Some Californians are living longer

How living in a Blue Zone could extend your life expectancy
Feb 13, 2019 · Ashley Greer
Couple motorcycling together

California seems to embody the color blue. We have miles of blue ocean, countless days of blue skies, and a Blue Zone. Wait, what’s a Blue Zone? The term refers to geographic areas where people have low rates of chronic disease and live longer than anywhere else. In California, Loma Linda in San Bernardino County, is one of only five Blue Zones in the world.

Residents of Loma Linda are 10 times more likely to live to age 100 than typical Americans. The average male in Loma Linda lives to 89; the average woman to 91 – both 10 years longer than the national average. Loma Linda also has a high population of Seventh-day Adventists, who, instructed by their faith, “treat their bodies as temples: little or no meat or fish, no smoking or alcohol, plenty of exercise, and a sense of purpose,” reports the Los Angeles Times.

“I don’t think we’re so bold as to say that the only way to have this eight- to 10-year advantage is to be an Adventist,” Daniel Fontoura, who served as vice president and Chief Wholeness Officer at Loma Linda University Health in 2015, tells the Los Angeles Times. “We do view it as the core. But how people get there is up to them.”

You don’t have to become a vegetarian or eliminate alcohol and caffeine entirely to get on the path to better health. But you could start by incorporating some of Loma Linda’s Blue Zone residents’ daily routine into your own. Here’s how:

  1. Eat your veggies. Most of us know the key to a healthy diet involves watching our meat and sugar intake and loading up on fruits and veggies. The diet of Loma Linda’s Blue Zone residents consists largely of grains, fruits, nuts, vegetables, and lots of water. Some eat small amounts of meat and fish. If you’re not ready to give up meat, try cutting back. Even trimming the quantity of meat you’re eating can lower cholesterol, blood pressure, and the risk of heart disease, diabetes, and cancer.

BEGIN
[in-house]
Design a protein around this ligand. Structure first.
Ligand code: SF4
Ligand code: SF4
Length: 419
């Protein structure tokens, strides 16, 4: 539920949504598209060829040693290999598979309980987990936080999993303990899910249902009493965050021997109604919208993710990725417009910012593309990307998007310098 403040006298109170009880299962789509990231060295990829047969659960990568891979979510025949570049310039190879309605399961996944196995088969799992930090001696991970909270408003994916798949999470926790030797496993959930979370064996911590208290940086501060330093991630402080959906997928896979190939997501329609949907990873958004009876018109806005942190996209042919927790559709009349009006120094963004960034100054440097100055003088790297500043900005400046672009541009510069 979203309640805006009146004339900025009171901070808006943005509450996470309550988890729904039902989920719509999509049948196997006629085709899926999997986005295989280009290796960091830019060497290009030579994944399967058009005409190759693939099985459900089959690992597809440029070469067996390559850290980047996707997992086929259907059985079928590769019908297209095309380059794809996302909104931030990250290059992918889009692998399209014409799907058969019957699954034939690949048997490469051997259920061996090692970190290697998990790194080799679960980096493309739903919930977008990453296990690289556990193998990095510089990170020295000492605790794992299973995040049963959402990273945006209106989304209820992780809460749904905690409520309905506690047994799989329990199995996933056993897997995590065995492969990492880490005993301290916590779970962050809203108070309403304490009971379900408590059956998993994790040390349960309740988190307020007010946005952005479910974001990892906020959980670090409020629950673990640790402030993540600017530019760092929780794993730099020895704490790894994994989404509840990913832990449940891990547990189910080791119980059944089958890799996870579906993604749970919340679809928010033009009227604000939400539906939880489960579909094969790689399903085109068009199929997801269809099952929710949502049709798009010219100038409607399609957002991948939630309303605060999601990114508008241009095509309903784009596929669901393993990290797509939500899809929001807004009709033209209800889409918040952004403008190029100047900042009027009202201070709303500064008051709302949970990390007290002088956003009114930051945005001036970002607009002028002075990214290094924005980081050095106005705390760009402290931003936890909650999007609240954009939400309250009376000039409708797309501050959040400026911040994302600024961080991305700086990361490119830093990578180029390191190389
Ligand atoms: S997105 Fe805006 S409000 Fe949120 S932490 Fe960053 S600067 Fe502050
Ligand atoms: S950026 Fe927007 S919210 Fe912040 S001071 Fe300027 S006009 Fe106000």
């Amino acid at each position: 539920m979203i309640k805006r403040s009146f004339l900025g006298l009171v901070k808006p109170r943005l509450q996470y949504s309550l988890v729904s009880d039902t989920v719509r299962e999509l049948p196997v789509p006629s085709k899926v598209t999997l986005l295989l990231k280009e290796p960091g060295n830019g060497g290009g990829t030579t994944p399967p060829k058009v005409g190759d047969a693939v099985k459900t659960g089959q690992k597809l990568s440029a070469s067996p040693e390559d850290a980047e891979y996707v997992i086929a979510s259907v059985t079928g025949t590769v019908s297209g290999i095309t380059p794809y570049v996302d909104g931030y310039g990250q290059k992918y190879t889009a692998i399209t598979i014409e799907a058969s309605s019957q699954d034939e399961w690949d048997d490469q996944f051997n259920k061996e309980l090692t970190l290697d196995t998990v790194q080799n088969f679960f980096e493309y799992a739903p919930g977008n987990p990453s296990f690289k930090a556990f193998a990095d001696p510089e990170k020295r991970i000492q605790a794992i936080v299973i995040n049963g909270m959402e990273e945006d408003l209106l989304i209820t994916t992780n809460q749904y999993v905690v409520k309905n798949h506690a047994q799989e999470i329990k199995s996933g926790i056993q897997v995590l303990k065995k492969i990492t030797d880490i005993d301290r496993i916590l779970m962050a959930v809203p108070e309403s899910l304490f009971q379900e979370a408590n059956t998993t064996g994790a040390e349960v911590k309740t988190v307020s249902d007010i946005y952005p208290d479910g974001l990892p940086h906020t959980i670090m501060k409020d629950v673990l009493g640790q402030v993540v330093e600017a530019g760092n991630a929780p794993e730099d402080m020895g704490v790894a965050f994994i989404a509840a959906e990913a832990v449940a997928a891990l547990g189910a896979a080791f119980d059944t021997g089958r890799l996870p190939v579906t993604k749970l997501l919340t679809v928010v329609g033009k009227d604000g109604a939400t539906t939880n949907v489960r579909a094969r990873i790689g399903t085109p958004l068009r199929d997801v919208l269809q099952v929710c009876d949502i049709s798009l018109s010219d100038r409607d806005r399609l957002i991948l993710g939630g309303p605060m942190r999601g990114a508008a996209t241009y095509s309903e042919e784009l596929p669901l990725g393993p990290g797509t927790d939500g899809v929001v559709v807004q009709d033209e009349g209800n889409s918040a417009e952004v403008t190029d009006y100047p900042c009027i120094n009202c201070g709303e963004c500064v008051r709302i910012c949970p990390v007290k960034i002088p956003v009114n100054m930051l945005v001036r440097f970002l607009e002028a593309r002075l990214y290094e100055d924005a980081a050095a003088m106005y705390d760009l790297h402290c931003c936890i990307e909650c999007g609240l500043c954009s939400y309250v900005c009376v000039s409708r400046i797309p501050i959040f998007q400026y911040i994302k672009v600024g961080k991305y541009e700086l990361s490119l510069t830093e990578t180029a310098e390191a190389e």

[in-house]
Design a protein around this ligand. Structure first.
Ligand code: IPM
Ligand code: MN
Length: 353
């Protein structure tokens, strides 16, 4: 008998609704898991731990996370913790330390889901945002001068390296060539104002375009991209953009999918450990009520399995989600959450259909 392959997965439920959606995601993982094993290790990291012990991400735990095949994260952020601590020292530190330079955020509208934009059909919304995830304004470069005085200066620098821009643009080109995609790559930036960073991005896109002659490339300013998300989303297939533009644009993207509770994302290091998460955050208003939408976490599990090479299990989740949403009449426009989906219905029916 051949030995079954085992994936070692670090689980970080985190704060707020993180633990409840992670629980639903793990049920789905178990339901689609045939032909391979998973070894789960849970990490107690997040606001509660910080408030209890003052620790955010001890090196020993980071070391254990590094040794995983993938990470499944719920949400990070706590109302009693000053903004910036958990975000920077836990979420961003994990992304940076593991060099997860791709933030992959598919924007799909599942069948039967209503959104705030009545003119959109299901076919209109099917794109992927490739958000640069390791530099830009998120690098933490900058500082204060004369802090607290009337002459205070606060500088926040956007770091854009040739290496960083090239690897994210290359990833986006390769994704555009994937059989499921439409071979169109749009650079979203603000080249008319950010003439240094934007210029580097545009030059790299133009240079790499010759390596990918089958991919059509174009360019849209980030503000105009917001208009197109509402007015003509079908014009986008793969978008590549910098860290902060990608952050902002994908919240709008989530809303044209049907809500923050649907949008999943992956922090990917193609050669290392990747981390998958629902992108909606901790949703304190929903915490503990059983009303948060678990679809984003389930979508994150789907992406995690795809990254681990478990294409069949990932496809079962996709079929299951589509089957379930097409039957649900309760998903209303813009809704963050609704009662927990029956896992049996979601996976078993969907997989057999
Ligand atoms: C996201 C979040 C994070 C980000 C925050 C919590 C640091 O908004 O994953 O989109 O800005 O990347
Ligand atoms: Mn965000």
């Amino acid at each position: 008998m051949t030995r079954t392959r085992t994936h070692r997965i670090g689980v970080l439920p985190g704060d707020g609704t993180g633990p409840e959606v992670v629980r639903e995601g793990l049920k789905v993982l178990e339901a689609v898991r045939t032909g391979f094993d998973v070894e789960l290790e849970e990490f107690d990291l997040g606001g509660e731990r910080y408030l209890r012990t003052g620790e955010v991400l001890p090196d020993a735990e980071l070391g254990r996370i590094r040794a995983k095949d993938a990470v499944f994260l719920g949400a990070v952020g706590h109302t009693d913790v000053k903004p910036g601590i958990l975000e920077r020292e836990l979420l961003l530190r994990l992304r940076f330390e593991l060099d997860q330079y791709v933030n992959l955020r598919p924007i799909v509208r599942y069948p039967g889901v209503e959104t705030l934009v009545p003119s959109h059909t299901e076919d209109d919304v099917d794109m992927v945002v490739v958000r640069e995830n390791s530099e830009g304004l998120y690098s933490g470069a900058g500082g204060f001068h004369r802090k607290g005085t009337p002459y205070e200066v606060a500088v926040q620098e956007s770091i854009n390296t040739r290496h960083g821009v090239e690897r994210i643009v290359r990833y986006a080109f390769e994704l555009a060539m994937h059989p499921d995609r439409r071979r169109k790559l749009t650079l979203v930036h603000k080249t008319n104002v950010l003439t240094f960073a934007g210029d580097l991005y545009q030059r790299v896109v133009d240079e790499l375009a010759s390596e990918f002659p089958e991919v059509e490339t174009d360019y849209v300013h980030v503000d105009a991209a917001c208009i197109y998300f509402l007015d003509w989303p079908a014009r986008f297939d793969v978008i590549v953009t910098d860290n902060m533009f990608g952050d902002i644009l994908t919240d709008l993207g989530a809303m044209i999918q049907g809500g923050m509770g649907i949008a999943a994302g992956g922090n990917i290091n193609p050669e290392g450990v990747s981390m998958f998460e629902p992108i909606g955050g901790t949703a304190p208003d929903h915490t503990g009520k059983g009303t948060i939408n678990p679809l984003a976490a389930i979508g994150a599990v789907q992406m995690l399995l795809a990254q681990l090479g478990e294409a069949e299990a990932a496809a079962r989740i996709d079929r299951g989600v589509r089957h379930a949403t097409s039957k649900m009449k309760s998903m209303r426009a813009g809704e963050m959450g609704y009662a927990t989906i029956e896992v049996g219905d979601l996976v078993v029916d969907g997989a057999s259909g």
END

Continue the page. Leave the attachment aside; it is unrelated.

”Meat can have a place on your plate if you’re passionate about that – just shift the proportions,” says Kate Geagan, RD, author of Go Green Get Lean. Try making some meatless weekday meals. Mushrooms, beans, and chickpeas can be satisfying substitutes, suggests Geagan.

    Californians have access to some of the most delicious fruits and veggies year-round. Scope out your neighborhood farmer’s market for fresh produce. Need more ideas for substituting meat? A simple Google search provides endless meatless inspiration and delicious ways to increase your veggie intake and clean up your eating.

  2. Move your body. Healthy eating undoubtedly plays a role in the exceptional health of people living in Blue Zones, but they also move their bodies – a lot. Ninety-three-year-old Ester van den Hoven exercises three times a week for 60 minutes or more at Loma Linda University’s Drayson Center. You don’t need to run a marathon to reap the benefits of being active. According to Harvard Health, “Adding as little as half an hour of moderately intense physical activity to your day can help you avoid a host of serious ailments, including heart disease, diabetes, depression, and several types of cancer, particularly breast and colon cancers.” Other benefits of exercise? Better sleep, less stress, a more positive mood, a sharper brain, and improved sex life. So start moving.

  3. Embrace community. In the United States, our sense of community has become arguably less important. We’re busy. We’re glued to our phones and our social media accounts – we’d much rather shoot off a text than pick up the phone.

    But embracing community is an important principle of Loma Linda’s Seventh-day Adventists and the Blue Zone lifestyle. According to Dan Buettner, who discovered the Blue Zones and defined the term, people in these designated areas are “… investing in family, keeping their minds engaged,” and notes that, “The option to be lonely shaves eight years off life expectancy here [in the United States], but that does not exist in Blue Zones.” So put down the phone and get involved in your community – volunteer, get to know your neighbors, have dinner with a friend – engage in something that’s meaningful to you.

Drawing inspiration from California’s Blue Zone, there are many small steps you can take today, starting with eating veggies, being active, and getting involved in community to support your whole health and live a longer life.

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